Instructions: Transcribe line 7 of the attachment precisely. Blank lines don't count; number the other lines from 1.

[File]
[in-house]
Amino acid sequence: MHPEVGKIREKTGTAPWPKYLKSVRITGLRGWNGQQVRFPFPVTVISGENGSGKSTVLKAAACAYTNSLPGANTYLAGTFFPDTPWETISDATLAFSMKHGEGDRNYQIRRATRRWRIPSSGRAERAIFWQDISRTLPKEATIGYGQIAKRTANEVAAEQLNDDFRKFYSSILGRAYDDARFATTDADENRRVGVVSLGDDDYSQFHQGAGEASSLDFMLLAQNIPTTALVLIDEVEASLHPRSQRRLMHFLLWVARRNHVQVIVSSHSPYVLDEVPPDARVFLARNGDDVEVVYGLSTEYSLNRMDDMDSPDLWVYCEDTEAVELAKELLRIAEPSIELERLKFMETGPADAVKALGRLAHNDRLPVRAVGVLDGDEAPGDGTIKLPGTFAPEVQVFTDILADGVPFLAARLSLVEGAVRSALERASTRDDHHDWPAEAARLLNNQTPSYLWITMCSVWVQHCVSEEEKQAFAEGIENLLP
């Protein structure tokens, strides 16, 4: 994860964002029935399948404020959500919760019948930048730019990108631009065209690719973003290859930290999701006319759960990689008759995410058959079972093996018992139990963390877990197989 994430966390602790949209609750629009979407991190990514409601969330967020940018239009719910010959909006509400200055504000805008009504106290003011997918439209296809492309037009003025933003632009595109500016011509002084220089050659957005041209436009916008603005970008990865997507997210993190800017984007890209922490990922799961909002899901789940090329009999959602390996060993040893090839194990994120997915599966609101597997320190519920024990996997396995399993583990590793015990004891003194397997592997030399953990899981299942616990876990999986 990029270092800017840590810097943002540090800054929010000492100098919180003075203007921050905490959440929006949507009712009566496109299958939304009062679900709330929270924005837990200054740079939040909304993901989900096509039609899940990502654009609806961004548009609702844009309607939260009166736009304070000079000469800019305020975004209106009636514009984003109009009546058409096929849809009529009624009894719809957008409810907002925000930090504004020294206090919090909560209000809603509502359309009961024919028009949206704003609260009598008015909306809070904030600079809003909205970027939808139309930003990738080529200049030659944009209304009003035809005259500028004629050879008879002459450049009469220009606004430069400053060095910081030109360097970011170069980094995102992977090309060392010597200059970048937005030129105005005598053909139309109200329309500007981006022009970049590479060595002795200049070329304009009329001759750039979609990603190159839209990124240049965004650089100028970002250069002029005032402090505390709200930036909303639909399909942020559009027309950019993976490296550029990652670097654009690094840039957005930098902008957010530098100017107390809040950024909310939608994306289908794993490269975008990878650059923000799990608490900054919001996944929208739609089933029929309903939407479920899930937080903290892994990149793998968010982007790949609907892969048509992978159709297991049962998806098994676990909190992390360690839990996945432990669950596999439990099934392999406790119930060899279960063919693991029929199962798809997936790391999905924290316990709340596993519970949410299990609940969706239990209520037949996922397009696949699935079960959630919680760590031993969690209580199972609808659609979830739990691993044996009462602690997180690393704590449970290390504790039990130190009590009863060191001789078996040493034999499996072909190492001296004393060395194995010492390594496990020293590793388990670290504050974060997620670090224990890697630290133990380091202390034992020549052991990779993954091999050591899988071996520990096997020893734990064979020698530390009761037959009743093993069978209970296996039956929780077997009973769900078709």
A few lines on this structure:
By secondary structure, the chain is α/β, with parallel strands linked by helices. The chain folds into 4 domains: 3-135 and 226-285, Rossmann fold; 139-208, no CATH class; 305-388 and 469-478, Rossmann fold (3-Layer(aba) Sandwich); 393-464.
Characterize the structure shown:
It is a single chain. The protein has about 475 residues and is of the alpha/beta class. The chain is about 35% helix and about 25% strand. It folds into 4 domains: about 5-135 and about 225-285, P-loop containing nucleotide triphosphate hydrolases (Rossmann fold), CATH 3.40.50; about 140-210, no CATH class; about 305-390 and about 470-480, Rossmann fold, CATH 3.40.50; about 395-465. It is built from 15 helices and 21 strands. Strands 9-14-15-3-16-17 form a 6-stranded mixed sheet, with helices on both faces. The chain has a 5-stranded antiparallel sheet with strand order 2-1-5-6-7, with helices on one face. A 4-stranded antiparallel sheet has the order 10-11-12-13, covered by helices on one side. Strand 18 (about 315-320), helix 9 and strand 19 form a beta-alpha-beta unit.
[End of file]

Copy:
It is a single chain. The protein has about 475 residues and is of the alpha/beta class. The chain is about 35% helix and about 25% strand. It folds into 4 domains: about 5-135 and about 225-285, P-loop containing nucleotide triphosphate hydrolases (Rossmann fold), CATH 3.40.50; about 140-210, no CATH class; about 305-390 and about 470-480, Rossmann fold, CATH 3.40.50; about 395-465. It is built from 15 helices and 21 strands. Strands 9-14-15-3-16-17 form a 6-stranded mixed sheet, with helices on both faces. The chain has a 5-stranded antiparallel sheet with strand order 2-1-5-6-7, with helices on one face. A 4-stranded antiparallel sheet has the order 10-11-12-13, covered by helices on one side. Strand 18 (about 315-320), helix 9 and strand 19 form a beta-alpha-beta unit.